The Seattle Aquarium will design, implement, and evaluate an aquarium classroom program, giving middle school students opportunities to experience how science is actually done. The project is designed to increase science and ocean literacy and STEM performance, and improve attitudes towards animal conservation. The museum will develop the program content in cooperation with practicing scientists, emphasizing the process by which scientists arrive at their conclusions. The project will include two introductory science-process inquiry activities and two content modules based on sea otter research conducted at the aquarium and ocean acidification research by a leading government researcher. The project deliverables will also include one kit based on each research module for interpretation in the aquarium galleries; one for community outreach programming; and one each for the outreach activities conducted by the researchers’ labs. The final product will be a set of guidelines for creating a research-based inquiry activity in cooperation with an active scientist.
The San Diego Model Railway Museum will partner with the Balboa Park Online Collaborative and Balboa Park Learning Institute to fabricate, evaluate, and launch a Centennial Garden Railway Exhibit. The exhibit will be part of EDGE2015, a yearlong festival of technology, art, commerce, and culture honoring the historic 1915 Panama-California Exposition. The exhibit, built through traditional model techniques and 3D and laser printing, will transport visitors to Balboa Park as it appeared in 1915. Entirely solar powered, the model garden will use fewer than two gallons of water weekly, reinforcing the museum’s role in promoting emerging technologies. Visitors will be able to operate model streetcars and electriquettes (wicker-bodied electric vehicles), building lights, and sound through a mobile application. The exhibit will educate visitors on Balboa Park’s accomplishments over the past century, innovative transportation developed for the exposition, and entrepreneur John Spreckel’s contributions to the success of Balboa Park and San Diego’s railways.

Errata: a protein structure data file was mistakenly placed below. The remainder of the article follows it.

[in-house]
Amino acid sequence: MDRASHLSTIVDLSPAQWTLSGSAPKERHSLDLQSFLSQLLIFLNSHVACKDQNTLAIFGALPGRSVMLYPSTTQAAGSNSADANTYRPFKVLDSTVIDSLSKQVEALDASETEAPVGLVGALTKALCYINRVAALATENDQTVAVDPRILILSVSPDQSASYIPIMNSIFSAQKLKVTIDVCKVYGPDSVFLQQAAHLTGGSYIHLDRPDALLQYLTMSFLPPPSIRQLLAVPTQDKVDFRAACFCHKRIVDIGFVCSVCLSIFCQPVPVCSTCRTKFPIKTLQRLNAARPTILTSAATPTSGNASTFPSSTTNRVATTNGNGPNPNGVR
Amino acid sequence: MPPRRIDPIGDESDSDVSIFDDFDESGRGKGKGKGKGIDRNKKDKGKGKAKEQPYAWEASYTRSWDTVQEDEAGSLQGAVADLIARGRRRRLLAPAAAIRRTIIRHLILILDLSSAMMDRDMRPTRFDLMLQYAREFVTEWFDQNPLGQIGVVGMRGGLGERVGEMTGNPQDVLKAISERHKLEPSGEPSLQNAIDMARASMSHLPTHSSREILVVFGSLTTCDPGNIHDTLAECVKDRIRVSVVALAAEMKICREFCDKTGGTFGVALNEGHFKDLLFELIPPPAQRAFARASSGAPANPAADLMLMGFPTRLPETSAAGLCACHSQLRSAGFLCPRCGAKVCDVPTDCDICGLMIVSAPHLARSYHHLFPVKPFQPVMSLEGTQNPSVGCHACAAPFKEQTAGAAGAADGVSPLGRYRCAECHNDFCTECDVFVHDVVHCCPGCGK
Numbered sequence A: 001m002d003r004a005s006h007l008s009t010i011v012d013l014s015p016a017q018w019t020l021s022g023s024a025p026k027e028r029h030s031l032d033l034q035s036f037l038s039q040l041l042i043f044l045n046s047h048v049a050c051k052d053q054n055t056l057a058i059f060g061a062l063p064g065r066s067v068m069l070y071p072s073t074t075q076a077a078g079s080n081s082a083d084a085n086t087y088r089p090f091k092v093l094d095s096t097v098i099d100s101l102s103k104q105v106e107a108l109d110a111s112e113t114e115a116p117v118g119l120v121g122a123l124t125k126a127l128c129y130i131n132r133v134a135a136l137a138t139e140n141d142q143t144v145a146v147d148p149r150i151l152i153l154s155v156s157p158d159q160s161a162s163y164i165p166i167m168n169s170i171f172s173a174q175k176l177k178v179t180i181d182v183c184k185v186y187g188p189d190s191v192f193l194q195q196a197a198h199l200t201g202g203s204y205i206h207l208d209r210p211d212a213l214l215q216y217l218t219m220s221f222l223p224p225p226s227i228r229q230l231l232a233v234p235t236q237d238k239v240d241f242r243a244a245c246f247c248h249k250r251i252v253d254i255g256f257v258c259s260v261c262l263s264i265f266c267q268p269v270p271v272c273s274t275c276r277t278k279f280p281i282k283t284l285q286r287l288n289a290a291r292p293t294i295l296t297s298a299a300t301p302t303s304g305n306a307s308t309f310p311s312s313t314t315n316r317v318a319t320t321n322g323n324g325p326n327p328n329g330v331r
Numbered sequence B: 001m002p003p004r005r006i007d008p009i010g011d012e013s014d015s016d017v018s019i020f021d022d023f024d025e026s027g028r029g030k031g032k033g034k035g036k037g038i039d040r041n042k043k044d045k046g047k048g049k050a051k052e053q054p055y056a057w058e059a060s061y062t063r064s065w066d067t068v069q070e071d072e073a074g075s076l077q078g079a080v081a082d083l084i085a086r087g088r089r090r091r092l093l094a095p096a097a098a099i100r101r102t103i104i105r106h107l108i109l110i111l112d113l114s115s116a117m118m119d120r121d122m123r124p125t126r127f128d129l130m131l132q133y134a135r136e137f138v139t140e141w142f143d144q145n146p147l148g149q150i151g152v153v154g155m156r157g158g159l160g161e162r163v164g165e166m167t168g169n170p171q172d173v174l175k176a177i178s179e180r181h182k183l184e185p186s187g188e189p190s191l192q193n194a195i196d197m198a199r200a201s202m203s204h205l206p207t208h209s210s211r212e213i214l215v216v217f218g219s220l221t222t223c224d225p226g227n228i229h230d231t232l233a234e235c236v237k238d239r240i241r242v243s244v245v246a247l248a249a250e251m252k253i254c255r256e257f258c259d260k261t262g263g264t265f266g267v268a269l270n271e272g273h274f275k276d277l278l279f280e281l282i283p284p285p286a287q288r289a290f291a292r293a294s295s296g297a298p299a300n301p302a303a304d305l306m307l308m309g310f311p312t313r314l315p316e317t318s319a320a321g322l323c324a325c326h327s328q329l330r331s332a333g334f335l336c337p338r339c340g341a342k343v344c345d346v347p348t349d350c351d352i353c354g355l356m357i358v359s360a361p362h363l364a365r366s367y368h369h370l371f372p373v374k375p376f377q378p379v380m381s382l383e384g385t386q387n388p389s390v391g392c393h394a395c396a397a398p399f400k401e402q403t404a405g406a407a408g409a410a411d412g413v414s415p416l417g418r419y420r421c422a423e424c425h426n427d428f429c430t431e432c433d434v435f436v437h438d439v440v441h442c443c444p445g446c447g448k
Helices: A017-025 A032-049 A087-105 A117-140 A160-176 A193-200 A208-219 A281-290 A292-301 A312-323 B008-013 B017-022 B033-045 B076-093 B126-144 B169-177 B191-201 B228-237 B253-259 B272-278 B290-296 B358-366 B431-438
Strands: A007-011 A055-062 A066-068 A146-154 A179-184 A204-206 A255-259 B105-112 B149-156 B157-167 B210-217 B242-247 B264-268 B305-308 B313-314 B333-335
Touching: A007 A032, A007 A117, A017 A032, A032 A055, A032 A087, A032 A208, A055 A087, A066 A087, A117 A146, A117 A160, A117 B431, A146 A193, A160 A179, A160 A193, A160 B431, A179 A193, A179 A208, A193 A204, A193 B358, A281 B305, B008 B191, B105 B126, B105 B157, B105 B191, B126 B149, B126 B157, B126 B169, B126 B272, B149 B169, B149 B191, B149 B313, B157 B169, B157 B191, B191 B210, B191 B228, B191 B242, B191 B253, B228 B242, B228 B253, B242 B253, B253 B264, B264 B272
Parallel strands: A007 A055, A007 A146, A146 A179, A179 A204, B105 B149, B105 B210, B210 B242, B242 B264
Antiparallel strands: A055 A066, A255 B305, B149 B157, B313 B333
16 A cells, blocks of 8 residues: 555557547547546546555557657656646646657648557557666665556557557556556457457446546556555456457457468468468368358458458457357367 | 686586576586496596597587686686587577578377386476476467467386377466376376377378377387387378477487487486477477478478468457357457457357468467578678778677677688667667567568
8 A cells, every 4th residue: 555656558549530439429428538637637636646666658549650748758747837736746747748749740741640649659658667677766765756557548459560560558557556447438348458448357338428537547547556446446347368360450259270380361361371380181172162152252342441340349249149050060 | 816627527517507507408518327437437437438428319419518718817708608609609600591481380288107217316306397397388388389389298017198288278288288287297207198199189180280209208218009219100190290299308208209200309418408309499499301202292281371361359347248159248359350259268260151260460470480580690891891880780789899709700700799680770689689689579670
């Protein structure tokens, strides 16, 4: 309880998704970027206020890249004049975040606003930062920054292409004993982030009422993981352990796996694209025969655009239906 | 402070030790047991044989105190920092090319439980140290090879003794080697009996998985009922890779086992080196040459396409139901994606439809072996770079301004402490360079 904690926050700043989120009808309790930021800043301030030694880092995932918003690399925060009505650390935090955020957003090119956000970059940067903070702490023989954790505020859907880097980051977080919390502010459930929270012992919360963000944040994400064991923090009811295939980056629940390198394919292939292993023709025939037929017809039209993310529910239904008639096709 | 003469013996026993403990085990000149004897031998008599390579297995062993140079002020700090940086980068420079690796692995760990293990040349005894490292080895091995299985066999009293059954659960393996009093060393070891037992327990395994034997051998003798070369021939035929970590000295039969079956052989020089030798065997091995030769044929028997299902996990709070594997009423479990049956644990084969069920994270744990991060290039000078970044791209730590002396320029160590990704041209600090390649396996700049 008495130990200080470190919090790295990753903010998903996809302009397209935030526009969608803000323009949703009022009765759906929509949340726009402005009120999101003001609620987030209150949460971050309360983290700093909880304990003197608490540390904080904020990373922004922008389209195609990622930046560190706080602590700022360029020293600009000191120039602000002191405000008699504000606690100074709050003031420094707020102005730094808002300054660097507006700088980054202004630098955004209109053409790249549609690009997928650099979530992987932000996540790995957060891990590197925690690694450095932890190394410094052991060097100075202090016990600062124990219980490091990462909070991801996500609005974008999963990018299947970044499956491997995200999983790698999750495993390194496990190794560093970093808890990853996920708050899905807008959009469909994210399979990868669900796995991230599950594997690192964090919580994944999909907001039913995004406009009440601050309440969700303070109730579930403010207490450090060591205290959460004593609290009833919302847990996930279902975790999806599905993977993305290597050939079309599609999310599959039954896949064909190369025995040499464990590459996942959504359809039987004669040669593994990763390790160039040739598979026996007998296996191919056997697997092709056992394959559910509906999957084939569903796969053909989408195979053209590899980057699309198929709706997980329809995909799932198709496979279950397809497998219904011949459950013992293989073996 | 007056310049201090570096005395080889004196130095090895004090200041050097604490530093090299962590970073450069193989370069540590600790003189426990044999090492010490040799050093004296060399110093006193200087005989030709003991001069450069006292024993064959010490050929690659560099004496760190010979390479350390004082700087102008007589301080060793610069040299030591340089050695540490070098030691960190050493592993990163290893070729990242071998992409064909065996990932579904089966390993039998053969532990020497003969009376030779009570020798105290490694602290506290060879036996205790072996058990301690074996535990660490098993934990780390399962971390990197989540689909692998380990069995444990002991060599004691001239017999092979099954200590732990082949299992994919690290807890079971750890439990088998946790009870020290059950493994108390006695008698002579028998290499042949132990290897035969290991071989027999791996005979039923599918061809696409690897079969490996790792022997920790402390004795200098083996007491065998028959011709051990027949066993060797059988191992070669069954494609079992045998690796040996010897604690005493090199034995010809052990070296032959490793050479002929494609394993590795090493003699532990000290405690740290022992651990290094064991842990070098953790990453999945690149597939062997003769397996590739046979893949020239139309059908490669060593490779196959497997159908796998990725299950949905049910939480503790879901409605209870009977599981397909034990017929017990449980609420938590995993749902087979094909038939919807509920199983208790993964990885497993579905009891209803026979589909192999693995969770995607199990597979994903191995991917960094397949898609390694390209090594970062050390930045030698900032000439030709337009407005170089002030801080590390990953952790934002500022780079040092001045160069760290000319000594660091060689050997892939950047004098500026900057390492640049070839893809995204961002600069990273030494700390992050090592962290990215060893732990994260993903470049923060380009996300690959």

The San Diego Natural History Museum will design and create two interactive exhibit maps with extended content. One map will reside in a free app accessed via smartphone and take advantage of indoor mapping technologies, and the second map will be accessed on the museum’s website. Both maps will encourage visitors to customize their tour of the new exhibition, Habitat Journey/Viaje por los Hábitats, and to deepen their involvement in the exhibit’s content. The museum’s goal is to foster and deepen a visitor’s sense of place for their region through digital tools that complement the exhibit, Habitat Journey/Viaje por los Hábitats.
To encourage children and families to engage with nature and become active outdoors, The Discovery Museums will design and build a fully accessible tree house and other outdoor exhibits, and develop associated programming. The “Natural Connections” project is designed to counteract a decline in outdoor play, and encourage the positive impacts of nature on children’s activity levels, concentration, and creativity. The museum will partner with the Massachusetts Audubon Society and EcoTarium to develop strategies to engage families outdoors. It will work with the Institutes for Human Centered Design, Children’s Hospital’s Deaf and Hard of Hearing Program, the Perkins School for the Blind, and Autism Alliance of MetroWest to make the tree house and surrounding activities accessible for children with physical, sensory, or cognitive issues. The museum will also conduct front-end audience research to develop activities that attract families and overcome barriers to outdoor participation.
The Port Discovery Children’s Museum will design, fabricate, install, and promote a new exhibit that explores agriculture through themes of science and technology, history, local ecology, global economy, and art. The “Here We Grow” exhibit will be rich in words, ideas, images, sounds, and interactive elements to support diverse learning styles; build school readiness skills; promote self-directed and multi-generational learning; and help children develop logic, critical thinking, and problem-solving skills necessary for success in the 21st century. It will link to Maryland’s Social Studies and STEM curricula and help motivate students who have difficulty engaging in classroom settings. The museum will partner with Towson University to develop front-end, formative, and summative evaluation, with prototype exhibit elements being revised and finalized based on evaluation results. The museum will promote the exhibit to families and educators through a targeted marketing campaign, including public relations, social media, and outreach to schools, school districts, and teachers.